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208                                     Jack Fritscher, Ph.D.
            II.  The essay as published in The Burning Pen: Sex Writers on Sex
               Writing, collected by M. Christian, Alyson Books, November

                           Porno, Ergo Sum:

                    The Incredible Lightness of
                                Being Male

                      (Why I Wrote, among Other Things,
                           Some Dance to Remember)

            Ask me no questions and I’ll tell you no lies.
               The British critic Edward Lucie-Smith told me that if my once-upon-
            a-time lover Robert Mapplethorpe had written a monograph on how and
            why he shot his photographs, the world would have had an invaluable
            insight into his work. Because Robert wrote nothing, his beautiful work
            stands on its own. Answering why and how I write my literary erotica is
            like skating a Figure 8 on an ice cube, naked. Anne Rice and I started
            out  on  Castro  Street at  the  same  time both writing  books  about  the
            occult. From interviews, I wrote the nonfiction satanic history Popular
            Witchcraft: Straight from the Witch’s Mouth (1972); she wrote the fictional
            Interview with the Vampire (1976). Both of us have double careers writing
            fiction and literary erotic fiction. Behind the mask of eros, we write litera-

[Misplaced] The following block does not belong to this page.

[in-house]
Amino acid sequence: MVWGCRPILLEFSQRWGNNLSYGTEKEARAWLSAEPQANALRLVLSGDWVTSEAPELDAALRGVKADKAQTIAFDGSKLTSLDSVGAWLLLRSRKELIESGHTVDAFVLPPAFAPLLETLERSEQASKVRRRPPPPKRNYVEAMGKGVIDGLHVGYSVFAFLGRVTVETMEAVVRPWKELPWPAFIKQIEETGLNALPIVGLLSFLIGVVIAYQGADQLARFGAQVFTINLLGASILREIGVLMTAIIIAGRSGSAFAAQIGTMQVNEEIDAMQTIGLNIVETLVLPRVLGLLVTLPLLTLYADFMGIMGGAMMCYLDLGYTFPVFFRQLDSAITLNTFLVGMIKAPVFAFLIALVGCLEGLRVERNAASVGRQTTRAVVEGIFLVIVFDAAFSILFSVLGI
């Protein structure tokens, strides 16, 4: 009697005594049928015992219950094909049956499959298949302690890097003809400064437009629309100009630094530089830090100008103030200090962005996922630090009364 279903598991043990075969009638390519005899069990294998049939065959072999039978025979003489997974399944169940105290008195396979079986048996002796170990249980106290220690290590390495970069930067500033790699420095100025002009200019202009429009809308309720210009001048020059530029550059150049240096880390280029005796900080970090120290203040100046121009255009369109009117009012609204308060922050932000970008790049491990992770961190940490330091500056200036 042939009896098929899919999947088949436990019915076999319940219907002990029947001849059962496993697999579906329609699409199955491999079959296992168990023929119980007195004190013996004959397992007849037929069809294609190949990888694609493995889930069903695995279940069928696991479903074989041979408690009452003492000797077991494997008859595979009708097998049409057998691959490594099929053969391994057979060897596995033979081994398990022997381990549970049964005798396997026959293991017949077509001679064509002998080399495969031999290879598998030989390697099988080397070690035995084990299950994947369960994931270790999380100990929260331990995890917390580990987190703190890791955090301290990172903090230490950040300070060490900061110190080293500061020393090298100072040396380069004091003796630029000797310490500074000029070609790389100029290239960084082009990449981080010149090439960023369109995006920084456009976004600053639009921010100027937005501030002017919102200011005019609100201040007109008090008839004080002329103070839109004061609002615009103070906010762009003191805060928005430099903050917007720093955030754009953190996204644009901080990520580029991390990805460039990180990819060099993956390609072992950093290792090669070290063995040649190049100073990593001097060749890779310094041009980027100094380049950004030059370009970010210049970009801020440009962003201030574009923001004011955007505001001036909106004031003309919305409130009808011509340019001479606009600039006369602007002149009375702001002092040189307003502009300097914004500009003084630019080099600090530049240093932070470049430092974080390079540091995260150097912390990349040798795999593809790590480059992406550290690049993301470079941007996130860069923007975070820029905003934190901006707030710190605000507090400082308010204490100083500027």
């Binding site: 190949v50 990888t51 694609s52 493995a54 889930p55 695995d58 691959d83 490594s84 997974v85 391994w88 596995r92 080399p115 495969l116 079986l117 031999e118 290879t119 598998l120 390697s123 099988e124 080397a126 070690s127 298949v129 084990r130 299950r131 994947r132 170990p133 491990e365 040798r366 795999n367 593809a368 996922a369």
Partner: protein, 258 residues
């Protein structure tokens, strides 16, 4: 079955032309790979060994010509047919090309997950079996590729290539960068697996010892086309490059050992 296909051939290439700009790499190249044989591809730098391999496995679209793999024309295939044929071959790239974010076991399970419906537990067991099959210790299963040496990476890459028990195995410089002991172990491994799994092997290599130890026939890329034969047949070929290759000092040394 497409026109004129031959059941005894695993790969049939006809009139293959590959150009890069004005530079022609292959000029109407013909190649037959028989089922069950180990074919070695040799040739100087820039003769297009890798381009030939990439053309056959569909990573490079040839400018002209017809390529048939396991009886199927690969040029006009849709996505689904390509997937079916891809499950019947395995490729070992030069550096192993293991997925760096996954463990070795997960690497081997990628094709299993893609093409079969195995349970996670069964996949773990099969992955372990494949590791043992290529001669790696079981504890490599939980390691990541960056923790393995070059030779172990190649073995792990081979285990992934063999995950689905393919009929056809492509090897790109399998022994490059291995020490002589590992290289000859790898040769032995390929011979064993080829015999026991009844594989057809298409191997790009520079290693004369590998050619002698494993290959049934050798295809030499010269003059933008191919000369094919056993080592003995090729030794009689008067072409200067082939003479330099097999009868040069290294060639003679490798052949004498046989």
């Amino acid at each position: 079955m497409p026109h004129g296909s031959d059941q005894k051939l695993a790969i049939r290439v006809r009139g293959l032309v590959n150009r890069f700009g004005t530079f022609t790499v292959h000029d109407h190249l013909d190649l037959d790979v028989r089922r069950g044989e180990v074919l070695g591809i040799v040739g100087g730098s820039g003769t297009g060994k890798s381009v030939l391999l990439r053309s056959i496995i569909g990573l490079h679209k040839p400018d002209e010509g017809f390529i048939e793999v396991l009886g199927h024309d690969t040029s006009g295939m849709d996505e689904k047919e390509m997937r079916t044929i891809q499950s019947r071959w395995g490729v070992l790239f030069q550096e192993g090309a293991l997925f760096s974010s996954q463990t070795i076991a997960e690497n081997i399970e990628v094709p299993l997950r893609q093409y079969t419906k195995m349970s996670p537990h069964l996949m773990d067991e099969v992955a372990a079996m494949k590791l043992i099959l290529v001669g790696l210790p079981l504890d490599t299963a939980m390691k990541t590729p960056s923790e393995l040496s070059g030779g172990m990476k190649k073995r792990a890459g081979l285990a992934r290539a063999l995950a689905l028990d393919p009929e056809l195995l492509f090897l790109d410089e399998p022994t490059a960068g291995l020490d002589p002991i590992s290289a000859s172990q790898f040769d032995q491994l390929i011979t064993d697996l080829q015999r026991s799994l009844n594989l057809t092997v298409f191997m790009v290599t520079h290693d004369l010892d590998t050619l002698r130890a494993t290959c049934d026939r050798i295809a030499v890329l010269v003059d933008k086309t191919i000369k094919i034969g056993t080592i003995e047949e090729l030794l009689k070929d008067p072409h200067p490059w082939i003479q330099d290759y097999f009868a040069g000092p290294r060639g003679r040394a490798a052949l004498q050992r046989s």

ture. Erotica is literature with velocity. My writing is like thinking while
            cuming. I’m Gatsby’s Daisy: “I write because men are so . . . so . . . beautiful,”
            and because of the incredible lightness of being male.
               Readers and critics feel my writing is autobiographical when it’s only
            verite. In truth, from 1965 to the present, I’ve been downloading my per-
            sonality into books, magazines, video features, and telephone tapes. Jeez,
            I have lived it up to write it down; but my work is no more autobiographi-
            cal than the movie, Platoon, which director Oliver Stone said, “ . . . is not
            about me, but if I had not been in Vietnam, I could not have written and
            directed such a film.”
               So it is with my signature novel, Some Dance to Remember, which is
            a gay history novel of the Golden Age of Liberation, 1970-1982, in San
            Francisco. Some Dance, full of real tales of the City, weaves its emotional
            and historical and erotic ropes around a specific group of people in a
            specific place at a specific time. My “quantum style” folds time, squeezes
            a dozen years into 562 pages so structured with Aristotelian unities and
            limned with stream-of-consciousness that readers willingly suspend their

          ©Jack Fritscher, Ph.D., All Rights Reserved—posted 05-05-2017
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